October 4:  All about villains. Best…ermmm…worst villains.

10. Roger Chillingworth from The Scarlet Letter

9. Uriah Heep from David Copperfield

8. Nurse Ratched from One Flew Over the Cuckoo’s Nest

7. Heathcliff from Wuthering Heights

6. The Man (rich, exploitive, land owners) from The Grapes of Wrath

5. Danglars from The Count of Monte Cristo

4. Big Brother from Nineteen-Eighty-Four

3. Sauron from The Lord of the Rings

2. The Judge from Blood Meridian

1. And the #1 most villainous of them all – Caligula from I,Claudius

Thursday, September 29, 2016

If Orwell wrote The Lord of the Rings, and Tolkien wrote Nineteen-Eighty-Four

The good folks at The Classics Club posed this meme reboot from September 2014:  Select two classics from your list (by different authors) that you have finished reading. Now switch the authors, and contemplate how each might have written the other’s book.

When I first read this I thought – I got nothin.

And then, an epiphany: What if George Orwell had written The Lord of the Rings and J.R.R. Tolkien had written Nineteen-Eighty-Four.

Orwell’s final chapters of LOTR would go something like this:  Frodo and Sam enter the bowels of Mount Doom, just as Tolkien described, Gollum appears and wrestles with Frodo for the ring, bites his finger off, BUT --- just as he is falling to his death, the Lord of the Nazgul appears, grabbing Gollum by the arm, he draws his sword, cuts the arm off below the wrist, and Gollum indeed falls to his doom. The ring is in the hands of the Nazgul, quickly to be taken to Sauron. The rest of the Nazgul arrive to capture Frodo and Sam. One of them dips his sword into the lava until it is white hot, and cauterizes Frodo’s wound to stop the bleeding. It is not an act of mercy. Frodo and Sam are wanted alive for torture. They are packed off to the fortress of Barad Dur, where they are subjected to unspeakable physical and psychological torment. They are offered relief, if they will only betray the other. They resist until Sauron devines each one’s greatest fear – Frodo’s something to do with spiders, Sam’s being forced to eat PO-TA-TOES without salt. In the face of such terror they break and each renounces the other forever. They are released to wander and make their separate ways to the Shire. Once there, they discover Sauron’s puppet Saruman has been given regency over the Shire, which he rules with an iron fist, and forced labor, growing pipeweed and brewing beer. Aragorn and the rest of the fellowship perished at the gates of Mordor. Gondor, Rohan, and all free peoples are brought under the subjugation of Mordor. The End.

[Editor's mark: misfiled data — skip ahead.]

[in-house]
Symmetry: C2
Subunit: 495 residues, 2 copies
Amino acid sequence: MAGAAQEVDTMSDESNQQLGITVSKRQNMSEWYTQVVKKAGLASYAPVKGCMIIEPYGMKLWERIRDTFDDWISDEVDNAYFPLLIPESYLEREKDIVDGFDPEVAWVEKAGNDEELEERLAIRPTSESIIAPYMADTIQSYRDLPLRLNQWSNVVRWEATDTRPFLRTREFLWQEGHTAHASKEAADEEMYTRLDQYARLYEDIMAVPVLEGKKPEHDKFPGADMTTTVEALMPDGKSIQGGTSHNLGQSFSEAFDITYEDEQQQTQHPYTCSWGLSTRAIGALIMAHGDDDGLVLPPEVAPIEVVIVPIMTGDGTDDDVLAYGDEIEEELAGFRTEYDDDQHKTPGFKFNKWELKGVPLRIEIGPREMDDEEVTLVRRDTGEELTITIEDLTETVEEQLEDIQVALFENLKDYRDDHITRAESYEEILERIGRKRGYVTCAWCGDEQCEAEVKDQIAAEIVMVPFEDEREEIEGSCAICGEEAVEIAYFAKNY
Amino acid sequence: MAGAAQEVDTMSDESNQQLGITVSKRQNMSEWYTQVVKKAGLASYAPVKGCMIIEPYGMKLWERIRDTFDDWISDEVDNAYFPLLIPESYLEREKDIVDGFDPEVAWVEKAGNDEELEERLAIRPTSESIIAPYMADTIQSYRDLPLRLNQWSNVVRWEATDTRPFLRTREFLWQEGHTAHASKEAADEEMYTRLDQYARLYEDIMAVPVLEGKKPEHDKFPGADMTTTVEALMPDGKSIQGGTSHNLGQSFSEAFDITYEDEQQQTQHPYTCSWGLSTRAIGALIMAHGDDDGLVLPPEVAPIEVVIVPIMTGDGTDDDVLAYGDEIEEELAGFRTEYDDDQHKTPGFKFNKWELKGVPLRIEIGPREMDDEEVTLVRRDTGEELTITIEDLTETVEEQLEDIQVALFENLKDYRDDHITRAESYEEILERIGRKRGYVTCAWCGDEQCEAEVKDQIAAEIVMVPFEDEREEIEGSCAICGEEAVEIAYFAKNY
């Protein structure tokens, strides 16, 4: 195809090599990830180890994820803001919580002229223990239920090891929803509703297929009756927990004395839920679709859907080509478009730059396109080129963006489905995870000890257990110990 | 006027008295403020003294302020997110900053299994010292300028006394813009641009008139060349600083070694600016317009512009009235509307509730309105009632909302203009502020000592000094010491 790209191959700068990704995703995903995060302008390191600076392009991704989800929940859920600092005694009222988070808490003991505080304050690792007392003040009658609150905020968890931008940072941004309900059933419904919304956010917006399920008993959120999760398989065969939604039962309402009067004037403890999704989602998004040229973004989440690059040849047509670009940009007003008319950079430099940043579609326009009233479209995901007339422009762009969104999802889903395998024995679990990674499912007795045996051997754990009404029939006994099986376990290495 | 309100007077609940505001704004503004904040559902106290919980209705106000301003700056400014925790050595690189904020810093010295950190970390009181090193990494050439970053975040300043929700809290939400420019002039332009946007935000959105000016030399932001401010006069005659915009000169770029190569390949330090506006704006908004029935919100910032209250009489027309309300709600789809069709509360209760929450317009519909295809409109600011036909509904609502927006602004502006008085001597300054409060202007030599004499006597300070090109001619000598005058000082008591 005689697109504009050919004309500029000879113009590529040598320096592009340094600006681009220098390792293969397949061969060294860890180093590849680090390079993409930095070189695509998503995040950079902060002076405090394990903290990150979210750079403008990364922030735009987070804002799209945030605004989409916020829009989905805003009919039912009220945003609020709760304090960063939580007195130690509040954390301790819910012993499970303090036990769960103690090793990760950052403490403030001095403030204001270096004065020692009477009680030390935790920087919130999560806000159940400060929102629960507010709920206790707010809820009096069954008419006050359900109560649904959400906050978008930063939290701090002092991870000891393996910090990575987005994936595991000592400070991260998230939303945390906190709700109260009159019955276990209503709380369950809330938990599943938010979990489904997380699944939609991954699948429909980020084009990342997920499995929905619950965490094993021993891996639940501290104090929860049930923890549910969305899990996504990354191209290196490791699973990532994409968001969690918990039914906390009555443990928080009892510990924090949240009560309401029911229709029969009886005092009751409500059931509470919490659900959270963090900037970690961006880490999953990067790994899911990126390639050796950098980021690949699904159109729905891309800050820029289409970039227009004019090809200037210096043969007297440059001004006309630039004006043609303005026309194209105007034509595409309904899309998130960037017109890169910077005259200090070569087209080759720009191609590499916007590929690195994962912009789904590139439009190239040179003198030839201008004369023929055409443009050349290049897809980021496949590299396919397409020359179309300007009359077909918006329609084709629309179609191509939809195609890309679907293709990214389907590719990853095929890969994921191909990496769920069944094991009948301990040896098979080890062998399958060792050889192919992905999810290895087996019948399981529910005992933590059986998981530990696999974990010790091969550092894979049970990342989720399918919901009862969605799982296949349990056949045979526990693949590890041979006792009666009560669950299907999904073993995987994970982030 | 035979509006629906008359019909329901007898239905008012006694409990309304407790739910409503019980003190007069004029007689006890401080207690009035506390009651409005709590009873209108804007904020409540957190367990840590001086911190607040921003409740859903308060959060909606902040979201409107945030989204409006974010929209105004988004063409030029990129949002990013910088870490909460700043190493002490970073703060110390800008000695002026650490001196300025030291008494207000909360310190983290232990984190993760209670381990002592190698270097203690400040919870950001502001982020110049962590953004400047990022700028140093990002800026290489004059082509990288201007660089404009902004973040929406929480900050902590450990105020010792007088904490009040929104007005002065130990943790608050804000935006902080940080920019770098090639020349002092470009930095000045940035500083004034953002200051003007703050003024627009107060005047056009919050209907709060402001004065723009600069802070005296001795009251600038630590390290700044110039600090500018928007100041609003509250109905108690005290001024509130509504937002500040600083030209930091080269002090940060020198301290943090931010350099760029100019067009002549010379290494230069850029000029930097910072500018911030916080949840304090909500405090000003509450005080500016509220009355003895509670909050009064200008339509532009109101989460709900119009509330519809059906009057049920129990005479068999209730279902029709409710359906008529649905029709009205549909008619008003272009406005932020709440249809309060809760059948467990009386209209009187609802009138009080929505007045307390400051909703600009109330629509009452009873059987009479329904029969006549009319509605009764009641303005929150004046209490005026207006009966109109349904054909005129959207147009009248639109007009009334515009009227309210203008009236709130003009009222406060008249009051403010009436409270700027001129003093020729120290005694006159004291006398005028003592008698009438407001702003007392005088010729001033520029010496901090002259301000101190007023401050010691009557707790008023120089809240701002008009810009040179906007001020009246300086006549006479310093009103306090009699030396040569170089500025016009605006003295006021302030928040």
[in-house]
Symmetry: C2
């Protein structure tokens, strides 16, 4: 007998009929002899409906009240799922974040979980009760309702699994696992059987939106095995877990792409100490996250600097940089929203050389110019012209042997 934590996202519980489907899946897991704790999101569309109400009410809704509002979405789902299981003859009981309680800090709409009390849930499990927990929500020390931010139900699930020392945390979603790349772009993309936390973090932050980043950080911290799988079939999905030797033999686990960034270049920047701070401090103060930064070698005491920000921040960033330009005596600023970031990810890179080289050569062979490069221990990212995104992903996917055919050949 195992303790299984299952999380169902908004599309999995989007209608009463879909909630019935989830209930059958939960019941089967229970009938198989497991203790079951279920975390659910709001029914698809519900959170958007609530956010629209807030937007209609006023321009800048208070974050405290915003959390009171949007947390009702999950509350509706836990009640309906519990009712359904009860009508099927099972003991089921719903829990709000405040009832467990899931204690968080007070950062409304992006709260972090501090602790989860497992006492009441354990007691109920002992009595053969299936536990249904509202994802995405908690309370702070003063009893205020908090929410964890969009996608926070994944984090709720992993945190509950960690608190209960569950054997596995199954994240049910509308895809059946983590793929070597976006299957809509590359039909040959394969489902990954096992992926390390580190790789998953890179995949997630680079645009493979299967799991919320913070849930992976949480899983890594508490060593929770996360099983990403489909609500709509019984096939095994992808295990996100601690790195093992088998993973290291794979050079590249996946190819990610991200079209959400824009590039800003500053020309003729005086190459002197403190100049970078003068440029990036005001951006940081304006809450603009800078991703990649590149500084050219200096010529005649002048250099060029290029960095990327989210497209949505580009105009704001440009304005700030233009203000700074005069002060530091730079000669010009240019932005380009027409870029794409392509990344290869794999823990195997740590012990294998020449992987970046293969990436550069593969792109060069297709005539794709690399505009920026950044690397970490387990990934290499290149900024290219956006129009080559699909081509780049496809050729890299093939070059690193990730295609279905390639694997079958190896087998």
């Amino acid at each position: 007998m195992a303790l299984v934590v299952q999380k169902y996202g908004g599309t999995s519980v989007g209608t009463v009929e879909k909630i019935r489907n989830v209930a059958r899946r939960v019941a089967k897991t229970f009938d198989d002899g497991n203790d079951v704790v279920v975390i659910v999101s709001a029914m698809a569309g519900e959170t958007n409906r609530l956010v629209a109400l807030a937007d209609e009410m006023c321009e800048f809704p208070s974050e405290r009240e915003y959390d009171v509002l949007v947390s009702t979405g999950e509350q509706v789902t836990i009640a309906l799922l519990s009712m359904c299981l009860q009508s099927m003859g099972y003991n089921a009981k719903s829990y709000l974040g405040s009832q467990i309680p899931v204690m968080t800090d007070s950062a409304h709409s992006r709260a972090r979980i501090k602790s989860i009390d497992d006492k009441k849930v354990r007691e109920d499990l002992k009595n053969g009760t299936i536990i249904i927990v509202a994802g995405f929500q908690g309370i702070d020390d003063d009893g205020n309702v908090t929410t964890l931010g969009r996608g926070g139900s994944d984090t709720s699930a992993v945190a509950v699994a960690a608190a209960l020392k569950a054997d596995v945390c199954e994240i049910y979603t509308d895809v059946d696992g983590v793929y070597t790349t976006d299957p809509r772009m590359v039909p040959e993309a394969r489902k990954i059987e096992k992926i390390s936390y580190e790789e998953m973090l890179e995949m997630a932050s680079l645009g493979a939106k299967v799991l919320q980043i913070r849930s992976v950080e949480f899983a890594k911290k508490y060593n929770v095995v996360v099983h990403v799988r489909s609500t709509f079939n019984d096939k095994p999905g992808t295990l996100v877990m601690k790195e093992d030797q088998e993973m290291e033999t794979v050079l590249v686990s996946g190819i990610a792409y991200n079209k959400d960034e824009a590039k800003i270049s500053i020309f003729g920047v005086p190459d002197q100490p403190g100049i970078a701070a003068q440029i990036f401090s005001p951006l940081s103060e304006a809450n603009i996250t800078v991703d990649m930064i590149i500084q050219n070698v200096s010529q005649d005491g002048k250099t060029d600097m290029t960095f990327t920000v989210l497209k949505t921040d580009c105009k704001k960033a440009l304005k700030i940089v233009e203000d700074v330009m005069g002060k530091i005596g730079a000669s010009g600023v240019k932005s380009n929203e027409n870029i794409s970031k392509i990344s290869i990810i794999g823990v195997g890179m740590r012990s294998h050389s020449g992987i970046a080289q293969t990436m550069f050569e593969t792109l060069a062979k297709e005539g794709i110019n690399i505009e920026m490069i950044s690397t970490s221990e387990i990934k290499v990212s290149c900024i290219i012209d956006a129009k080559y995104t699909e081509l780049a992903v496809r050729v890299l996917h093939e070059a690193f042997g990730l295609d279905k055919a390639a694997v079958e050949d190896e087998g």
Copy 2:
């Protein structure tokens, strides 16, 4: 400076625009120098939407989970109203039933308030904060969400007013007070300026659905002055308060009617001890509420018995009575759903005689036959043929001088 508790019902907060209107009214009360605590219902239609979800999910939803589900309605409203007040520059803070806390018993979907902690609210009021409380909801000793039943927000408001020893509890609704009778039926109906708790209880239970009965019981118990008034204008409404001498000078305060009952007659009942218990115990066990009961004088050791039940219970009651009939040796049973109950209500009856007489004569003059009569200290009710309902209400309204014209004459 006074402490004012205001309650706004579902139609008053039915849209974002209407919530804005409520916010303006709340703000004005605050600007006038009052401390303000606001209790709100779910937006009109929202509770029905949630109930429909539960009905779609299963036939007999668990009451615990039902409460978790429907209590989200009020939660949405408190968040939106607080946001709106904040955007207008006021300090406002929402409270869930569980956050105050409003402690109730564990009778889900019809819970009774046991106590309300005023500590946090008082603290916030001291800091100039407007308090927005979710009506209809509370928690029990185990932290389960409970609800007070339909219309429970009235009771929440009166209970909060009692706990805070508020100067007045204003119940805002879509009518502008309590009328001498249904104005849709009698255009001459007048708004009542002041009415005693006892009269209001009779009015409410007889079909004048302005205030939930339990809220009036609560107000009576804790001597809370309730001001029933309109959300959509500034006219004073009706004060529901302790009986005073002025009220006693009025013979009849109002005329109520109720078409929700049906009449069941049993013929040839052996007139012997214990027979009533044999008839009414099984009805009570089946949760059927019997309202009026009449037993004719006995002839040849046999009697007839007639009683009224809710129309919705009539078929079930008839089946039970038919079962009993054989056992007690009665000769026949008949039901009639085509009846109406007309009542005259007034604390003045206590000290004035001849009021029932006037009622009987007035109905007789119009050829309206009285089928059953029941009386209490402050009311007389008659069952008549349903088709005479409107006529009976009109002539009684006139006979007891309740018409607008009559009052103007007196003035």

Tolkien’s version of Nineteen-Eighty-Four:  First the title is changed to The 16th Year of Big Brother’s Reign – Oceania Reckoning. The rest of the novel goes off as Orwell described until Winston Smith and Julia begin their clandestine relationship. Winston and Julia come in contact with the underground resistance, which they learn has been aided recently by a magical race of beings known as urban elves. The elves by cunning and craft, and occasional garrote, have developed elaborate means to traverse Oceania undetected. They use this freedom of movement to recruit more forces for the resistance and to prepare several weapons caches in strategic locations. All that is lacking is the prophetic appearance of Bigbrokaput, or in the common tongue – He who will kill Big Brother. Winston is declared to be the long awaited Bigbrokaput, by virtue of arm wrestling, or a trivia contest, or ability to solve Rubik’s cube – the certain account is lost to us. During a special rendition of the Two Minute Hate – special because it is scheduled to last four minutes, though it is inexplicably not renamed the Four Minute Hate – but during the HATE rendition, Winton is ushered by the urban elves through a labyrinth of secret passages, only to emerge at the central studios of the inner party, where he kills Big Brother on camera for all of Oceania to witness. Winston is proclaimed Emperor, but he only rules long enough to outlaw newspeak and leisure suits. He institutes a general election and retires from public service. Winston is quickly forgotten as the great hero of New Oceania, but he is perfectly content. He and Julia retire to the country, have two sons, George and Lennie, and raise rabbits.

Next year perhaps: what if Cormac McCarthy wrote The Little Prince and Antoine de Saint-Exupéry wrote No Country for Old Men.